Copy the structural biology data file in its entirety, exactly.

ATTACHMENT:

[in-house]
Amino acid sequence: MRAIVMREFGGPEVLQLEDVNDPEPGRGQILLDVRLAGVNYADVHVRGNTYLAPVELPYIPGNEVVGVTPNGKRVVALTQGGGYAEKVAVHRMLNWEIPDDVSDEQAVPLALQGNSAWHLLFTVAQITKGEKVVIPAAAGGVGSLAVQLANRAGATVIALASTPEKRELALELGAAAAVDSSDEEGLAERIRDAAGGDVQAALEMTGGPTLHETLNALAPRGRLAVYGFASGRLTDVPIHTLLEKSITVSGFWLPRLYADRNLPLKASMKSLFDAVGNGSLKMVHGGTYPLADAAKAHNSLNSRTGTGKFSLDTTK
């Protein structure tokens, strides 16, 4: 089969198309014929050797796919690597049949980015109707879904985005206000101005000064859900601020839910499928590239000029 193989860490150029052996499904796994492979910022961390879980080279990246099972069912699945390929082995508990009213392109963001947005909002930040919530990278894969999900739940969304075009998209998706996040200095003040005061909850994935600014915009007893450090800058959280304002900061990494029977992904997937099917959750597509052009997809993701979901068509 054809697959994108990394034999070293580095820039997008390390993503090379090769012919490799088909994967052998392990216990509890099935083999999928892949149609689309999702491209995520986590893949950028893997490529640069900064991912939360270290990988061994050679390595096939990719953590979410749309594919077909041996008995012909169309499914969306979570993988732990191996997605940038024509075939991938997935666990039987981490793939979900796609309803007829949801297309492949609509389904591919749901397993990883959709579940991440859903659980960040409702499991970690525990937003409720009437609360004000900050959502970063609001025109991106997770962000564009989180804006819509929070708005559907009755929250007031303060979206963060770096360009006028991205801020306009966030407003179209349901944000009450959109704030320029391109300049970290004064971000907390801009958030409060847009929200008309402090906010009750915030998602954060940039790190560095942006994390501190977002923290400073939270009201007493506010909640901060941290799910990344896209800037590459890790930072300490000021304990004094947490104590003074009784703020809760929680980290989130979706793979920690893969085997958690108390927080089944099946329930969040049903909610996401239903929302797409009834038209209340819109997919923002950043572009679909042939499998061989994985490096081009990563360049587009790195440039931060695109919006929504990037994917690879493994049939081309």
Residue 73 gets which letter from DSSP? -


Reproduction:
[in-house]
Amino acid sequence: MRAIVMREFGGPEVLQLEDVNDPEPGRGQILLDVRLAGVNYADVHVRGNTYLAPVELPYIPGNEVVGVTPNGKRVVALTQGGGYAEKVAVHRMLNWEIPDDVSDEQAVPLALQGNSAWHLLFTVAQITKGEKVVIPAAAGGVGSLAVQLANRAGATVIALASTPEKRELALELGAAAAVDSSDEEGLAERIRDAAGGDVQAALEMTGGPTLHETLNALAPRGRLAVYGFASGRLTDVPIHTLLEKSITVSGFWLPRLYADRNLPLKASMKSLFDAVGNGSLKMVHGGTYPLADAAKAHNSLNSRTGTGKFSLDTTK
């Protein structure tokens, strides 16, 4: 089969198309014929050797796919690597049949980015109707879904985005206000101005000064859900601020839910499928590239000029 193989860490150029052996499904796994492979910022961390879980080279990246099972069912699945390929082995508990009213392109963001947005909002930040919530990278894969999900739940969304075009998209998706996040200095003040005061909850994935600014915009007893450090800058959280304002900061990494029977992904997937099917959750597509052009997809993701979901068509 054809697959994108990394034999070293580095820039997008390390993503090379090769012919490799088909994967052998392990216990509890099935083999999928892949149609689309999702491209995520986590893949950028893997490529640069900064991912939360270290990988061994050679390595096939990719953590979410749309594919077909041996008995012909169309499914969306979570993988732990191996997605940038024509075939991938997935666990039987981490793939979900796609309803007829949801297309492949609509389904591919749901397993990883959709579940991440859903659980960040409702499991970690525990937003409720009437609360004000900050959502970063609001025109991106997770962000564009989180804006819509929070708005559907009755929250007031303060979206963060770096360009006028991205801020306009966030407003179209349901944000009450959109704030320029391109300049970290004064971000907390801009958030409060847009929200008309402090906010009750915030998602954060940039790190560095942006994390501190977002923290400073939270009201007493506010909640901060941290799910990344896209800037590459890790930072300490000021304990004094947490104590003074009784703020809760929680980290989130979706793979920690893969085997958690108390927080089944099946329930969040049903909610996401239903929302797409009834038209209340819109997919923002950043572009679909042939499998061989994985490096081009990563360049587009790195440039931060695109919006929504990037994917690879493994049939081309």
Residue 73 gets which letter from DSSP? -